Peter Van Petegem: A Lesson in Rule #9

Peter Van Petegem: A Lesson in Rule #9

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Rule #9-Fair-weather riding is a luxury reserved for Sunday afternoons and wide boulevards. Those who ride in foul weather – be it cold, wet, or inordinately hot – are members of a special club of riders who, on the morning of a big ride, pull back the curtain to check the weather and, upon seeing rain falling from the skies, allow a wry smile to spread across their face. This is a rider who loves the work.

This is about a rider who loves the work. @roadslave related this story to us when we first arrived in Belgium for the 2012 Keepers Tour. Peter Van Petegem always has that five o’clock shadow of a man who has to shave multiple times a day, so high is his god given Belgian testosterone level. As a racer he would ride in the far back of the peloton where everyone is told not to ride. Peter could read a race and he would only move up for crunch time- when it was time to win the sprint or join a break. And win he did, he was two-time winner of Ronde van Vlaanderen and winner of Paris-Roubaix in 2003, completing the Ronde-Roubaix double. Him being Belgian, I doubt he gets to pay for many Abbey Ales.

The doomed Mercury Viatel Cycling Team was a US team with European aspirations. Some of the best North American riders were hired to help complete a team that could compete with the big boys in Europe. And nothing helps like actually having one of the big boys on the team, so Peter Van Petegem was hired on to captain them through the Spring Classics in 2001.

There must be hundreds of amazing stories that transpire on team buses and team cars, privy only to the riders, mechanics and managers within earshot. What follows is one that made it out (as related from @roadslave’s introduction below).

One of the guys I ride with – we call him the Stig, because he’s our tame racing cyclist (ripped off from the TV show Top Gear) – used to be a fairly hardcore pro cyclist: at one time was the US National Criterium Champion, rode the four man 4km pursuit for the US at the Olympics, did a pretty good kilo, and so on. He was part of the Mercury Project in 2000 to 2002 and did some racing in Europe- including Paris-Roubaix 2001. You may remember that race: the weather was atrocious. In the Stig’s words:

So, before the race, we were huddled up in the Team Camper Van. I’d like to say Team Bus, but it really wasn’t. The weather was so bad the bus was rocking from side to side from the wind, and we could hardly hear each other speak because the rain drumming on the roof was so loud. Greg Lemond came in to see us, as we were riding his bikes that year. He’d just given an interview with some TV guys, and was soaked through: he looked like someone had turned a fire hose on him. He could hardly look us in the eye as he wished us good luck for the race.  Then in came Peter Van Petegem, our team leader for our classics campaign that year. He was beaming this huge smile as he looked around the van, his eyes sparkling and his whole being literally glowing. “I like this weather!”  he proclaimed.  “It is good for us. Many of the weaker riders have already been defeated”. Suddenly the prospect of going out there and racing didn’t seem so bad.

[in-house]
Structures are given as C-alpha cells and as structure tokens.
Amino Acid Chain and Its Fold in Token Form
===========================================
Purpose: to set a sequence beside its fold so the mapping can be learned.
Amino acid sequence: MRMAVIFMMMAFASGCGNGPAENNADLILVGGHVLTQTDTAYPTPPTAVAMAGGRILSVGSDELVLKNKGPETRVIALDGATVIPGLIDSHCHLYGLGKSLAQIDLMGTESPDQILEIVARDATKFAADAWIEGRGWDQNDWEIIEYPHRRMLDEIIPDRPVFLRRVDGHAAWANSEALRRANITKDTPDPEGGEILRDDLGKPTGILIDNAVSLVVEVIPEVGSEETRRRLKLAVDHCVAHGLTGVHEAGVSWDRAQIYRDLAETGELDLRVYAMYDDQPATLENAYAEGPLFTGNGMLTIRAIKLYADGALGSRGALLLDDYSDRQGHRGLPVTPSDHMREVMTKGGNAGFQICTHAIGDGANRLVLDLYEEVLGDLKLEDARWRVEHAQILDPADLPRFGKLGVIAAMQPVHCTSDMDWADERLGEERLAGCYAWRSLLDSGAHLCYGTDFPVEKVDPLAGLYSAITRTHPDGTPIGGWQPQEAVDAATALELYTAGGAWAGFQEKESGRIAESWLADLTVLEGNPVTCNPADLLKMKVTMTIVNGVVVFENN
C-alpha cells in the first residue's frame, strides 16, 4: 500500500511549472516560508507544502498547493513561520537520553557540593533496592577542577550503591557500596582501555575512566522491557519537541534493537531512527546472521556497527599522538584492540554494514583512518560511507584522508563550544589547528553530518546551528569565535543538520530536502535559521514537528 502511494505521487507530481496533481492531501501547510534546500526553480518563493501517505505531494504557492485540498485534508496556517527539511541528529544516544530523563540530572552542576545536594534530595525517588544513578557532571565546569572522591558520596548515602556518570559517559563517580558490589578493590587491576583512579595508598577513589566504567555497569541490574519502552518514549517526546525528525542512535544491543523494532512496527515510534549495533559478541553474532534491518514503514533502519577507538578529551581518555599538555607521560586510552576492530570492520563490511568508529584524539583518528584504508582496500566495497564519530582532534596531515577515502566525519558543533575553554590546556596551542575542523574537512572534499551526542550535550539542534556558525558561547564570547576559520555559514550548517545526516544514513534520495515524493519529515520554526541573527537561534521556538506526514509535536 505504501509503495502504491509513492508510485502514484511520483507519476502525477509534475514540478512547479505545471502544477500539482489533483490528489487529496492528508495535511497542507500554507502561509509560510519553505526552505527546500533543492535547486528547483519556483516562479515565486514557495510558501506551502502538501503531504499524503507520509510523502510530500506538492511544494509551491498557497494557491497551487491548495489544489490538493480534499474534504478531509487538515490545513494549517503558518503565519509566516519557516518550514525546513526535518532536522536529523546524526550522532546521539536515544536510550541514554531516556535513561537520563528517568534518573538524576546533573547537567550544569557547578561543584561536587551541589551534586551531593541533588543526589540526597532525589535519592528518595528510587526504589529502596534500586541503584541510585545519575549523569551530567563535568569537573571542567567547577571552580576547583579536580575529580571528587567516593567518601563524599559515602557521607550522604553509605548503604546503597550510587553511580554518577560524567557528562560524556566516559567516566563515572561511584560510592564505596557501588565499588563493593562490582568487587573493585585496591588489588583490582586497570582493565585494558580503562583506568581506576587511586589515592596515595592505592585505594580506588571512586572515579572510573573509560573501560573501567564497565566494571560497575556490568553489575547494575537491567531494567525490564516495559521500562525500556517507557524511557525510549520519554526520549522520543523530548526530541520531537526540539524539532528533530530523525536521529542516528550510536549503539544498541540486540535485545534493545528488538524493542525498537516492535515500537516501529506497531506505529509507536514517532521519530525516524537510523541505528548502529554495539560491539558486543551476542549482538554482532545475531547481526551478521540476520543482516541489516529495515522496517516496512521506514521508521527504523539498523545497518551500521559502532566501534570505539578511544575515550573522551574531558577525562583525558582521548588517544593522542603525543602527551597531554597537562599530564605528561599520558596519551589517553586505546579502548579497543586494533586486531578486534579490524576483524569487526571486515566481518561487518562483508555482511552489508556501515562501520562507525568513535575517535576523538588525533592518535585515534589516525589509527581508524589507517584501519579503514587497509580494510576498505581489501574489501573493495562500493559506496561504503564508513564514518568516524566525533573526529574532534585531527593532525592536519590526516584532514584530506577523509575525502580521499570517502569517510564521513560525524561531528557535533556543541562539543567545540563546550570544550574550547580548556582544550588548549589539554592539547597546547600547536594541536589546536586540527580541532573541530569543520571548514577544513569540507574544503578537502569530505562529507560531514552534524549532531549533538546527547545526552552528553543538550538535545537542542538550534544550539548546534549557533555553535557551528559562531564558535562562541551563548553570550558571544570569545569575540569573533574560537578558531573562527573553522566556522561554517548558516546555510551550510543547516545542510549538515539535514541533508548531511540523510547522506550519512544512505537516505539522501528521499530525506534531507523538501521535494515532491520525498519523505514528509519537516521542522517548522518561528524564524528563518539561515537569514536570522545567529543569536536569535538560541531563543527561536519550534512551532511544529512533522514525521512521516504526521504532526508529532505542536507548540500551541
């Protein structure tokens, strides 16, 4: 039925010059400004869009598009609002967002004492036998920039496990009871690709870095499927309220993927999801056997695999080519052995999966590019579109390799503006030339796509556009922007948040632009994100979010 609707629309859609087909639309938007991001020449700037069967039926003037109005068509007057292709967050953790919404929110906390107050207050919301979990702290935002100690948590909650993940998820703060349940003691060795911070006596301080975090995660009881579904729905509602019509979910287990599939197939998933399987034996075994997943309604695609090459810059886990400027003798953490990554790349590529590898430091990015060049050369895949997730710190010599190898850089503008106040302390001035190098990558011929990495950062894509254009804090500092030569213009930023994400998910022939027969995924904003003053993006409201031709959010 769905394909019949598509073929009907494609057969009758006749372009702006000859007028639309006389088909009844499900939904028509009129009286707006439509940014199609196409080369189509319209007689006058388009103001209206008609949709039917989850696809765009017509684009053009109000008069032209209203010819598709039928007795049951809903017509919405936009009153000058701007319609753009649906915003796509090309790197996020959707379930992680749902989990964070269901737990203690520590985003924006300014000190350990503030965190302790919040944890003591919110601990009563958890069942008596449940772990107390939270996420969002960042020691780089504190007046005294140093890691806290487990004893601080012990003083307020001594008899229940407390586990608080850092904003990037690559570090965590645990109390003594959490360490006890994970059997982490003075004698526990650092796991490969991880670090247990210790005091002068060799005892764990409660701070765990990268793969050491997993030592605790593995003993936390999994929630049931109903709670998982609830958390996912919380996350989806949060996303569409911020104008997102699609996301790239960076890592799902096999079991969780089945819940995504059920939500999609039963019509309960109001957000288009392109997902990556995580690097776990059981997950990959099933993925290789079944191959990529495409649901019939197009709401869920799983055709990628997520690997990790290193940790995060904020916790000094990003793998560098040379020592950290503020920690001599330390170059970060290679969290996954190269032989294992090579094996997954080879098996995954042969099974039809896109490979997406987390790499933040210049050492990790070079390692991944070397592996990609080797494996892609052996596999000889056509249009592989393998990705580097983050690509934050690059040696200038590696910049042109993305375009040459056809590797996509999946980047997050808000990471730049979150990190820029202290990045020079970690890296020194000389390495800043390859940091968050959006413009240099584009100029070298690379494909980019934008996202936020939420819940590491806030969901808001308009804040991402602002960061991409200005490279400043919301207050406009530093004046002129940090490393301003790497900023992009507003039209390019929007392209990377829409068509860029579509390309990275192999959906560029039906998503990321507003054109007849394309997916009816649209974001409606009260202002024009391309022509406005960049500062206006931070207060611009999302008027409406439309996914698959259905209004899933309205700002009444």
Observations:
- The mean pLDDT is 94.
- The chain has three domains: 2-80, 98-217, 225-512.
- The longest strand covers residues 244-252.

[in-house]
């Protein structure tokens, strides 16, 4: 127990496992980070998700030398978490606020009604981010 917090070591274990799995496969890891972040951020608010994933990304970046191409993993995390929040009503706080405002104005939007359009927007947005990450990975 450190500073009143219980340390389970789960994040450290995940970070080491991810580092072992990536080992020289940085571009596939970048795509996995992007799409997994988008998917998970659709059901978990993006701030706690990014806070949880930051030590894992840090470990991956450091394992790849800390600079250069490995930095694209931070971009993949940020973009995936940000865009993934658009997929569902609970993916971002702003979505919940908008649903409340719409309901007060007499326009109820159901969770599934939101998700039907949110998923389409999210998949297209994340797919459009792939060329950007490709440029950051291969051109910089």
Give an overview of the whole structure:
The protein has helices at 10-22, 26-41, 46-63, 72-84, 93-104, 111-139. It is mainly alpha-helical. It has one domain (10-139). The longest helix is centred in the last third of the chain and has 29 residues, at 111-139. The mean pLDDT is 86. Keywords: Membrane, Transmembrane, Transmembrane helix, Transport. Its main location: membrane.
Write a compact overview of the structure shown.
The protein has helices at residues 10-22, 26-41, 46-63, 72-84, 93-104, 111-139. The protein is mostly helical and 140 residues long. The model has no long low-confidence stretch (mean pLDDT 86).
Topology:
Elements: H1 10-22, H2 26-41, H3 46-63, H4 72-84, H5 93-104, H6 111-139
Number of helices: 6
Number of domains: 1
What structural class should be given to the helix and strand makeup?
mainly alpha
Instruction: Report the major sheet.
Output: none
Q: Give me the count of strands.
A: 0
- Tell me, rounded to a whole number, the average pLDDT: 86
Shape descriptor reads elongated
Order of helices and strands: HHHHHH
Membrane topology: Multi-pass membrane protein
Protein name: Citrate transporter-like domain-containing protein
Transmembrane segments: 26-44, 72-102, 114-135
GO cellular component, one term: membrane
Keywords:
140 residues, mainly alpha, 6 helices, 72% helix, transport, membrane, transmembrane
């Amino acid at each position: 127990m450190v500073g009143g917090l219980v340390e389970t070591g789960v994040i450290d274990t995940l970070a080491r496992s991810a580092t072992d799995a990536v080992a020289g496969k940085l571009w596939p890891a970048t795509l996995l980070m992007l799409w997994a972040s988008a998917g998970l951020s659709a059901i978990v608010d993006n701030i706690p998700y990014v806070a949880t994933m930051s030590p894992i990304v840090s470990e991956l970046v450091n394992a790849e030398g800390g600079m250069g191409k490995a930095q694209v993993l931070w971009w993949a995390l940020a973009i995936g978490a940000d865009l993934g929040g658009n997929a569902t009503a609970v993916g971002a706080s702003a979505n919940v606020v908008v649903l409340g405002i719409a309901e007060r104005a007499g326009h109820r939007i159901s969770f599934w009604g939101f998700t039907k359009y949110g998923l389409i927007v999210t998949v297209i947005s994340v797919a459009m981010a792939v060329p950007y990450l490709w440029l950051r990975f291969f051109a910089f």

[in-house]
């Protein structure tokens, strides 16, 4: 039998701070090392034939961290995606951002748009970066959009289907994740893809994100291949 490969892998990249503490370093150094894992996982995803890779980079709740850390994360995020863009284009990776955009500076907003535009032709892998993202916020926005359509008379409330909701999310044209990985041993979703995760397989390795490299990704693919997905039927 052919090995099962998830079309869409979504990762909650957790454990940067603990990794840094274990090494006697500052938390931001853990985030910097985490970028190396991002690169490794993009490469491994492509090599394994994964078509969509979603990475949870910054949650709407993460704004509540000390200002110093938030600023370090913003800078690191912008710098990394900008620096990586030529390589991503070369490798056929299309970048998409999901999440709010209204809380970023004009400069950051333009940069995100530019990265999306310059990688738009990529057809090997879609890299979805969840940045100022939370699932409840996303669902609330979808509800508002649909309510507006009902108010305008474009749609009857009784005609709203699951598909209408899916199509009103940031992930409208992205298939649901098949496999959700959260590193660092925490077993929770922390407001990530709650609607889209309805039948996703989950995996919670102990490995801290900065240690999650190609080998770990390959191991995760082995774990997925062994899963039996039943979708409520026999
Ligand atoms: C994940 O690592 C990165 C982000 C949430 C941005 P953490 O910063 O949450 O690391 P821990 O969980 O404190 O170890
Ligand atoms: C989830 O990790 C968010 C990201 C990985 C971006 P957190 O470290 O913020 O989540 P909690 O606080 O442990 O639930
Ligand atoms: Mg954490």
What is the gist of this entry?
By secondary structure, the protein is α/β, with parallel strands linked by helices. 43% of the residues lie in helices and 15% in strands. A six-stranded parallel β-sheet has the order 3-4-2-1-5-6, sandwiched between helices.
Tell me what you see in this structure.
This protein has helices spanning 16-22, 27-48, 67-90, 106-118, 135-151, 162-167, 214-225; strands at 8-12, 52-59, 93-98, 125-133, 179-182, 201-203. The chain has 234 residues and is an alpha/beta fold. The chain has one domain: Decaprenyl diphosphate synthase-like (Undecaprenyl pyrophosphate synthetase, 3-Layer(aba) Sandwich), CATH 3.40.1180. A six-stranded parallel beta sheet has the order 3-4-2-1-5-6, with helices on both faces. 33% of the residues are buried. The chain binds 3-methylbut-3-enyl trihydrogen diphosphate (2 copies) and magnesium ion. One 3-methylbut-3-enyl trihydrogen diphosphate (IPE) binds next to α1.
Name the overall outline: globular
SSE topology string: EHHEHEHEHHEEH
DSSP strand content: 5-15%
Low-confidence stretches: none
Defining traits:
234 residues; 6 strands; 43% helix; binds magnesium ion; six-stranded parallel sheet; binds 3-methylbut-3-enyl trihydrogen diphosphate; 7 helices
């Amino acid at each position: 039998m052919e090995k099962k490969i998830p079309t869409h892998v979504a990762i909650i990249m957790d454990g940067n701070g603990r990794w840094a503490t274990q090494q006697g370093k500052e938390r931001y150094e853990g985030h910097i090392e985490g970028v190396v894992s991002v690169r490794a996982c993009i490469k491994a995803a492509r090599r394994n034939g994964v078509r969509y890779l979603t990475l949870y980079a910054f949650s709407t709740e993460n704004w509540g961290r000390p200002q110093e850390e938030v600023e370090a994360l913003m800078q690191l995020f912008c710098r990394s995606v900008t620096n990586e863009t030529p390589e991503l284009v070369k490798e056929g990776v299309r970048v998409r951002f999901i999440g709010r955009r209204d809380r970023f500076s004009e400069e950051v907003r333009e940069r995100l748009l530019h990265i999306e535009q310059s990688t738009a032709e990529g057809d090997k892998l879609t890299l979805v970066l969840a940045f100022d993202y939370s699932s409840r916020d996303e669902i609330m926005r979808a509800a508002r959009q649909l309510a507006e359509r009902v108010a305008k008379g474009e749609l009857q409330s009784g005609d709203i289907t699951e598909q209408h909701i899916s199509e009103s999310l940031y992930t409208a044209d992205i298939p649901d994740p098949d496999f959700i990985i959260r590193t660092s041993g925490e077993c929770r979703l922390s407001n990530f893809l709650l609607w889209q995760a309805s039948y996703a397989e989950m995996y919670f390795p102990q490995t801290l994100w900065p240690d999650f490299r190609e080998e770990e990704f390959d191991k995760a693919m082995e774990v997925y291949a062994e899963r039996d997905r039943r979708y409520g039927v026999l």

Sadly, 2001 was not to be our year: PvP got caught behind one too many crashes, and missed the decisive break – line honors that year went to Servais Knaven, and PvP ony managed 24th. It was not until 2003 that he won Paris-Roubaix, but his words that day confirmed to me that he was a true legend of our sport.

Damn, I love the hell out of this story. This warms my heart. It completely confirmed my preconceived understanding of Van Petegem. I barely survived riding the business end of P-R, I can’t imagine riding it on a soaking wet, windy day, much less racing it, much less being psyched up for it! For all those hackneyed Hollywood locker room speeches I loath and American sports I don’t care a whit about, this story transcends all that nonsense and says much about Peter Van Petegem and our sport. Thanks to @roadslave and “The Stig” for bringing this to light.

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// Belgian Affirmations // Defining Moments // Racing // The Hardmen

  1. Nice Gianni. What is it with the Belgians anyway? Never bitching, always a humble, and the worse (better?) the conditions, the better chance they will crush the peloton like the cockroaches they are. Awesomeness……

  2. and you can actually stay a couple of days under the wings of “de zwarte van Brakel” as he has his own B&B in Horebeke aptly called “Le Pave” and ride his own cyclo sportif “De Peter van Peteghem classic” wich attracts over 5000 riders every year

  3. That’s an excellent tale, Gianni. I’m curious to see if I can figure out who the Stig is.

  4. @Belgian Cobblestones Cool, I saw a photo of Le Pave when I was searching the google images. That would be fun, staying there. What does his nickname mean in English? The unshaven dude from Brakel?

    @Flying Crowbar
    I looked at the roster for the 2000 team but couldn’t be arsed to really go through each riders bio to figure it out, still, it shouldn’t be too hard.

  5. Did you change the top photo?  Great story BTW.

  6. @Nate

    A big fairy did.

  7. awesome account Gianni! I love that picture you just drew up on a race day in Belgium